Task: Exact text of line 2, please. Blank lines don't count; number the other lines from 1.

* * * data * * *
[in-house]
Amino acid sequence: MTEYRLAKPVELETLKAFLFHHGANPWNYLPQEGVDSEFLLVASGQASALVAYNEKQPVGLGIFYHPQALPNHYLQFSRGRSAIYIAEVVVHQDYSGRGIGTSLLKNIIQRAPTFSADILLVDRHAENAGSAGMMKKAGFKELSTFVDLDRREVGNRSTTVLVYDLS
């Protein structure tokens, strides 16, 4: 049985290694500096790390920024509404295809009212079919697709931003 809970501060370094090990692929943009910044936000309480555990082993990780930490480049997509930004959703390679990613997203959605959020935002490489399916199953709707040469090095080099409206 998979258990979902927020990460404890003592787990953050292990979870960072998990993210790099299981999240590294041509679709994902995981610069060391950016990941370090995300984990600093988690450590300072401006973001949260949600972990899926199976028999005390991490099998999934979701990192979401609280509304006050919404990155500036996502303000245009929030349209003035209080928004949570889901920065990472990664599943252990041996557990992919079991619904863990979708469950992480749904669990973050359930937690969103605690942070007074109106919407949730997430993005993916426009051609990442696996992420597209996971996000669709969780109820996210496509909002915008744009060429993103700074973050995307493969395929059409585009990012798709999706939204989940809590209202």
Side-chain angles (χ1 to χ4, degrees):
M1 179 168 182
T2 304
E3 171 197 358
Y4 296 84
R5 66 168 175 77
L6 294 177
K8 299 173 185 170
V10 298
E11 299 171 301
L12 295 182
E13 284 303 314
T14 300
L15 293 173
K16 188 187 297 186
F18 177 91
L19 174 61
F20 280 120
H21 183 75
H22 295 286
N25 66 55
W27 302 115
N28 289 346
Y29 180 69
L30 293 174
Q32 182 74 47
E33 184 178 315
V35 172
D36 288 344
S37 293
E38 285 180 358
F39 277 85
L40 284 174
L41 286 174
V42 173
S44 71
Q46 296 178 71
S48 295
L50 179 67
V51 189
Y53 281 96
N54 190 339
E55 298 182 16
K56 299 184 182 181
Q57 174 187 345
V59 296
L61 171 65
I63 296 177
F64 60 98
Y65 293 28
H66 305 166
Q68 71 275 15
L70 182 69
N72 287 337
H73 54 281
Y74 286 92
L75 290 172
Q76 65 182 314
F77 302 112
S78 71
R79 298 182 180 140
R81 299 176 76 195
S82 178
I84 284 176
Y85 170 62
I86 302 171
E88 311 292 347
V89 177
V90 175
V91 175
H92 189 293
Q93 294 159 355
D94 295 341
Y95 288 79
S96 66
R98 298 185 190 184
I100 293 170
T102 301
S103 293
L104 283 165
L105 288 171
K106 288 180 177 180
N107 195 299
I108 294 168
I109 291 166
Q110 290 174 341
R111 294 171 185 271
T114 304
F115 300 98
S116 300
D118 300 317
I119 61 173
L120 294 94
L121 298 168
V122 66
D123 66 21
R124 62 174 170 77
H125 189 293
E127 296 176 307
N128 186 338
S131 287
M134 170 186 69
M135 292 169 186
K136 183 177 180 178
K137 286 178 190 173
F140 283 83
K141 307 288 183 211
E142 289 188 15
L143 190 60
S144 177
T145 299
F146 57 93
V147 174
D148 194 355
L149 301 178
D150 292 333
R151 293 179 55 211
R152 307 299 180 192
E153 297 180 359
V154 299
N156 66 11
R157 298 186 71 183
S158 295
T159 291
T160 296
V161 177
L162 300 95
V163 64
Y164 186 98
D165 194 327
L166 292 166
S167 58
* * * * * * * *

Amino acid sequence: MTEYRLAKPVELETLKAFLFHHGANPWNYLPQEGVDSEFLLVASGQASALVAYNEKQPVGLGIFYHPQALPNHYLQFSRGRSAIYIAEVVVHQDYSGRGIGTSLLKNIIQRAPTFSADILLVDRHAENAGSAGMMKKAGFKELSTFVDLDRREVGNRSTTVLVYDLS